World Year of Physics 2005

Right-handed neutrinos, with the intrinsic spin oriented in the direction of motion, have yet to be observed, but if they do exist then they could make neutrino superfluids possible. Joe Kapusta of the University of Minnesota has shown that such an exotic medium could arise because the right-handed particles could exchange Higgs bosons with the well known left-handed neutrinos and pair up to make bosons, which could then form a superfluid.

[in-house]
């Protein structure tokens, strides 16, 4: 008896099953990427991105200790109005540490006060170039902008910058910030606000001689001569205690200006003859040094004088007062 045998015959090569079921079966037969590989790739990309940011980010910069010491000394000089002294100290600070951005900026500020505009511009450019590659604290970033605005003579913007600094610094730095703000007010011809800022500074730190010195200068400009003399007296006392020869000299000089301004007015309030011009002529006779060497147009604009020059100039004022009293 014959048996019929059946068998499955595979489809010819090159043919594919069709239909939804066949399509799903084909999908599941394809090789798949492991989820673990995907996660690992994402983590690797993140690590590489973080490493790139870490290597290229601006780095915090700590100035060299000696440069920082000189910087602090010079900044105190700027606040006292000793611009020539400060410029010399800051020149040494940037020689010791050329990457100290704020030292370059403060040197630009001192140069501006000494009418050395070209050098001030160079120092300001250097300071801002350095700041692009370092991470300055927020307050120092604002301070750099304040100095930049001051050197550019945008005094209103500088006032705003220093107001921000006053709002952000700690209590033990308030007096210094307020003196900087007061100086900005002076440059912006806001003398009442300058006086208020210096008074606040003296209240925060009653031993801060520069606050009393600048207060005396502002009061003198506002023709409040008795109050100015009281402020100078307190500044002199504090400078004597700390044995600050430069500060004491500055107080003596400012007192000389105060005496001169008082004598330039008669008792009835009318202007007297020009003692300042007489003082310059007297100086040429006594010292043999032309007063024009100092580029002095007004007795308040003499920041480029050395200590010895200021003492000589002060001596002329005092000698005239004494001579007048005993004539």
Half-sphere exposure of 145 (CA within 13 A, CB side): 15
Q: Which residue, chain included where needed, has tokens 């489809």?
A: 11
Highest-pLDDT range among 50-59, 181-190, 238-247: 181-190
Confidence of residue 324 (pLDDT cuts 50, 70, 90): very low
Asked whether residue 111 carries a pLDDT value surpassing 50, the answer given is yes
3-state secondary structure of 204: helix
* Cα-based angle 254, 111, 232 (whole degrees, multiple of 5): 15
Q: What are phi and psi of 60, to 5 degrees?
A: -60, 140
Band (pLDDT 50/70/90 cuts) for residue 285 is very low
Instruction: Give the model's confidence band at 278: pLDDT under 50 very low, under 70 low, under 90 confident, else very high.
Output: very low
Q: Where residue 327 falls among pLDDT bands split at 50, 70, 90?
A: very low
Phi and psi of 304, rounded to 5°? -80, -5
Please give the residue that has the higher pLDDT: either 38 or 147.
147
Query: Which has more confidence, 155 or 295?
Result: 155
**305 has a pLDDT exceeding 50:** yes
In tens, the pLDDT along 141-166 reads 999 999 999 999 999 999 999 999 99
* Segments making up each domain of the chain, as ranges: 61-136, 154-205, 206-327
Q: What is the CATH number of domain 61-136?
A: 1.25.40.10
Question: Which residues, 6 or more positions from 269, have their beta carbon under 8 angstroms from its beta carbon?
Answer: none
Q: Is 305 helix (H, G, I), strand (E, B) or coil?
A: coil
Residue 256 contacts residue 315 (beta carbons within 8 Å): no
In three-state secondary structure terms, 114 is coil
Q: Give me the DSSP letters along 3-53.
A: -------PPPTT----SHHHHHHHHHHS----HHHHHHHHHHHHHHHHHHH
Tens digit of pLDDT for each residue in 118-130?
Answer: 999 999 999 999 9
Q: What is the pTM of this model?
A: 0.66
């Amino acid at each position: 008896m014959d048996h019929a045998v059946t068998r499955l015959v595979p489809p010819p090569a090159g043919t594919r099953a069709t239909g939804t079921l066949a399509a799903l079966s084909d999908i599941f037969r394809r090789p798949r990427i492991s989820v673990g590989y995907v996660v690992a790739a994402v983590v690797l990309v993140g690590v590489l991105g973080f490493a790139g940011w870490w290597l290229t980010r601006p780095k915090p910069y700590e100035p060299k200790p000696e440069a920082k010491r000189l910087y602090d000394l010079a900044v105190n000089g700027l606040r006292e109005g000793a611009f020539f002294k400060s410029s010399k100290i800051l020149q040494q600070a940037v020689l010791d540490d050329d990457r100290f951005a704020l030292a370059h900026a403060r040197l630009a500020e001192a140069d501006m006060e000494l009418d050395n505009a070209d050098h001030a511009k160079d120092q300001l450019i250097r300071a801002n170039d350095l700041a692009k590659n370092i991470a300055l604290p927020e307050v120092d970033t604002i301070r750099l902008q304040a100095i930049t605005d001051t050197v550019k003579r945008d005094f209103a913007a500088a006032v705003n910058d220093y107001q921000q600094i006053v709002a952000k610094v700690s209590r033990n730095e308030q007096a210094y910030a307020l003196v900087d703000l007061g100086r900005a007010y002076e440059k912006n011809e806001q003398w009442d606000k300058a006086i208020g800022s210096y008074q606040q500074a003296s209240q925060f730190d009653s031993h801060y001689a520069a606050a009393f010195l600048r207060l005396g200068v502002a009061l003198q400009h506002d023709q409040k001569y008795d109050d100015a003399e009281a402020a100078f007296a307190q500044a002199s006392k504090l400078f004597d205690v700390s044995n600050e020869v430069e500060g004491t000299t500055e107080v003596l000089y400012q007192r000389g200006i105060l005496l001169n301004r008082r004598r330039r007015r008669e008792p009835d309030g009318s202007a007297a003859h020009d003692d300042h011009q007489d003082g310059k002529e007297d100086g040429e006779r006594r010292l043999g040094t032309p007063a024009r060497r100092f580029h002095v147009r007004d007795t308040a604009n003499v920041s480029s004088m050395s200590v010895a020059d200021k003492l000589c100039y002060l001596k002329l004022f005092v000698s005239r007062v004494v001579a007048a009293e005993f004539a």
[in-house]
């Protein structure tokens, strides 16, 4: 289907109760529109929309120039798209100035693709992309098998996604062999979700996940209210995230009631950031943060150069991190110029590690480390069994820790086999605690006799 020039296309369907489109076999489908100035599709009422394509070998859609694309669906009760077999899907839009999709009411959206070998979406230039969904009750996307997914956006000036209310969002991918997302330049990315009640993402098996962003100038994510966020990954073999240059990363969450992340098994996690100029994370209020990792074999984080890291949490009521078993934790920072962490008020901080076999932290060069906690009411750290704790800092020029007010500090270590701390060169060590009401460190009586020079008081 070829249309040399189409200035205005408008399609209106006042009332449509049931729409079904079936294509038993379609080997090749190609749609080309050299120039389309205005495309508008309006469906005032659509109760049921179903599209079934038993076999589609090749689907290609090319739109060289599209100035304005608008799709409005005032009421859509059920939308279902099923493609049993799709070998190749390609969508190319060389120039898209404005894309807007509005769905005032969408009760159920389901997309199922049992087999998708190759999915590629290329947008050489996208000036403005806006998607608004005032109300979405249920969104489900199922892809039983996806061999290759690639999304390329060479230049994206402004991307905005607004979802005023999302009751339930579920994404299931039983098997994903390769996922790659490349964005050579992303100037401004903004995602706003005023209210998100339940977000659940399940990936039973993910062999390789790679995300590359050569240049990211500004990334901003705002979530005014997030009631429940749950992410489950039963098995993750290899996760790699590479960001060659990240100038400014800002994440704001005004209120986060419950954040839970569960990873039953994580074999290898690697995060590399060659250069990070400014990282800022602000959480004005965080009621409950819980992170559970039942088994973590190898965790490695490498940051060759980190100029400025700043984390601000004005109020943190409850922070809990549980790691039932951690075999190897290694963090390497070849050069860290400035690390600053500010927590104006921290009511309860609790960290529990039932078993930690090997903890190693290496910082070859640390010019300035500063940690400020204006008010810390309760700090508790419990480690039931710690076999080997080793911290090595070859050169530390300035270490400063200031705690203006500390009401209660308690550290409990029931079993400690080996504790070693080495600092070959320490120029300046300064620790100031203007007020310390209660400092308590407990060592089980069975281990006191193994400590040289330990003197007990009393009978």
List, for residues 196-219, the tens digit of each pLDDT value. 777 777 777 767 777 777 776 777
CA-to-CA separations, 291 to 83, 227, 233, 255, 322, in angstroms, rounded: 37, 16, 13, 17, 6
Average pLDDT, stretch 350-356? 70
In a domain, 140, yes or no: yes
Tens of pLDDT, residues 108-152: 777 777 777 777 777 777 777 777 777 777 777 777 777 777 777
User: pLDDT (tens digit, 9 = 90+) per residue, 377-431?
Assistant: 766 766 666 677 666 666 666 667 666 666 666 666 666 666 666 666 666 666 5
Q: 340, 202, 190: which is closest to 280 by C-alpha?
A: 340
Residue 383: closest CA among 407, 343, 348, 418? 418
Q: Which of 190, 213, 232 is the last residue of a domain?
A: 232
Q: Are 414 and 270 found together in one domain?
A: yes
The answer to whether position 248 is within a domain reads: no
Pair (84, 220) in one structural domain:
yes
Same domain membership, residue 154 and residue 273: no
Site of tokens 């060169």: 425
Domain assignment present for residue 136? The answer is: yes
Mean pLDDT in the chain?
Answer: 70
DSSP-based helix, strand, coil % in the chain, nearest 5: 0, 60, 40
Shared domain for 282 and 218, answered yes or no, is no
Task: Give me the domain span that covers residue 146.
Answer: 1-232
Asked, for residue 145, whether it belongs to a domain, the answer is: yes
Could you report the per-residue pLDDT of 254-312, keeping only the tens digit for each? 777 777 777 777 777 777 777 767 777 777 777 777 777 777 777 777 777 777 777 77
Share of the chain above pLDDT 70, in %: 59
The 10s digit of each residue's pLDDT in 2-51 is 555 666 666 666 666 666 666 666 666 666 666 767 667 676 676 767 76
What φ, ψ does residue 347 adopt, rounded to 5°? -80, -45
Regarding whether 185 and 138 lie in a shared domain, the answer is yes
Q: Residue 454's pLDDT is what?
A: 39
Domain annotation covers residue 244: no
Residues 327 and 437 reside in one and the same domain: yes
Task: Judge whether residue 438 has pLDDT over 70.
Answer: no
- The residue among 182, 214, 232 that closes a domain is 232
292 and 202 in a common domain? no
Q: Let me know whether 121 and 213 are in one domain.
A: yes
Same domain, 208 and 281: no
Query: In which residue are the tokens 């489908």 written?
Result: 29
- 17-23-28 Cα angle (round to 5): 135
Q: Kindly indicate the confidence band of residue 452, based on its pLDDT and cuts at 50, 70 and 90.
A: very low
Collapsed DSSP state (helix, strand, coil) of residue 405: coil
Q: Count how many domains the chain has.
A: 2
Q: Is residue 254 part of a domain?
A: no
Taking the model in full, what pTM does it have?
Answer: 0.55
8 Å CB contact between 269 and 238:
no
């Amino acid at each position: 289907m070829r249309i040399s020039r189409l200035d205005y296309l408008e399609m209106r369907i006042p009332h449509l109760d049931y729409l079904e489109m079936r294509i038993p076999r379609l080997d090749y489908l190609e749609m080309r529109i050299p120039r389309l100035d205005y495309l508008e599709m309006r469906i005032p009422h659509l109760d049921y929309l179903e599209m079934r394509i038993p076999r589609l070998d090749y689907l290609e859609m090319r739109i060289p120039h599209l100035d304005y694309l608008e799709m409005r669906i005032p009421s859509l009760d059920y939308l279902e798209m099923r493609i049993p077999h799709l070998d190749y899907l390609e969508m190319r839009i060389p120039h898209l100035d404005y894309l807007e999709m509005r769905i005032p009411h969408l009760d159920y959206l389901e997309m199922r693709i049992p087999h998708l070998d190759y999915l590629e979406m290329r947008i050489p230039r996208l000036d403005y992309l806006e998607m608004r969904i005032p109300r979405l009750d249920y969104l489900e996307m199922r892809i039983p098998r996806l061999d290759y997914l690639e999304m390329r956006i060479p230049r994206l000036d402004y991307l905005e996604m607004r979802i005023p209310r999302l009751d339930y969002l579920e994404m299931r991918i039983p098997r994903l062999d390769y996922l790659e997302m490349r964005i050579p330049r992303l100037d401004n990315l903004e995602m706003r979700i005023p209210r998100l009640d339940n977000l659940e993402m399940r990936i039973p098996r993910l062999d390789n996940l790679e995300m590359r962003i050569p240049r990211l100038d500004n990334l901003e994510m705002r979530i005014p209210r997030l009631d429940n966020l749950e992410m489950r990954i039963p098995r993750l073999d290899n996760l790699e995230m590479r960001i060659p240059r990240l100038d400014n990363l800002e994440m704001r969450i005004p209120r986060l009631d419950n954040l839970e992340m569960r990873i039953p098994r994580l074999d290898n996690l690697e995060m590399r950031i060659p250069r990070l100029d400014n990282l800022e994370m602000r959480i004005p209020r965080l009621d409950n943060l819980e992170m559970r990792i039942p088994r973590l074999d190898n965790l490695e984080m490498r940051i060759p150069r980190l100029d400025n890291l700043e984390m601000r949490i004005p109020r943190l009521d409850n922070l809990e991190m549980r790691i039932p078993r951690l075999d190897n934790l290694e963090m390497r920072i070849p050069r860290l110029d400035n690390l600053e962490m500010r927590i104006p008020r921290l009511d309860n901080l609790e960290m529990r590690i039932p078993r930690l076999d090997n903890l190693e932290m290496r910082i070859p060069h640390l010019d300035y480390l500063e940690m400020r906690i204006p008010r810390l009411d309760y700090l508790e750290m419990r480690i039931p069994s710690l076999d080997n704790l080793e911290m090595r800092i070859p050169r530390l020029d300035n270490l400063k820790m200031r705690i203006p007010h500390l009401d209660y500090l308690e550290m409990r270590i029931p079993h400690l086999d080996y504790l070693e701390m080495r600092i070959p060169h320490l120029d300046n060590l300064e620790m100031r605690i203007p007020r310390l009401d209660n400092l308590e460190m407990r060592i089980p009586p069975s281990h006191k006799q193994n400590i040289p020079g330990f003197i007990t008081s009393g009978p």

Kapusta points out that the condensation temperature would be well below the cosmic background temperature, so it would be quite a feat to make this superfluid. However, Kapusta also notes that a sufficiently advanced civilization might use pulses of neutrino superfluid for long-distance communications.

Further reading


J I Kapusta 2004 Phys. Rev. Lett. 93 251801.

Author:
Compiled by Steve Reucroft and John Swain, Northeastern University.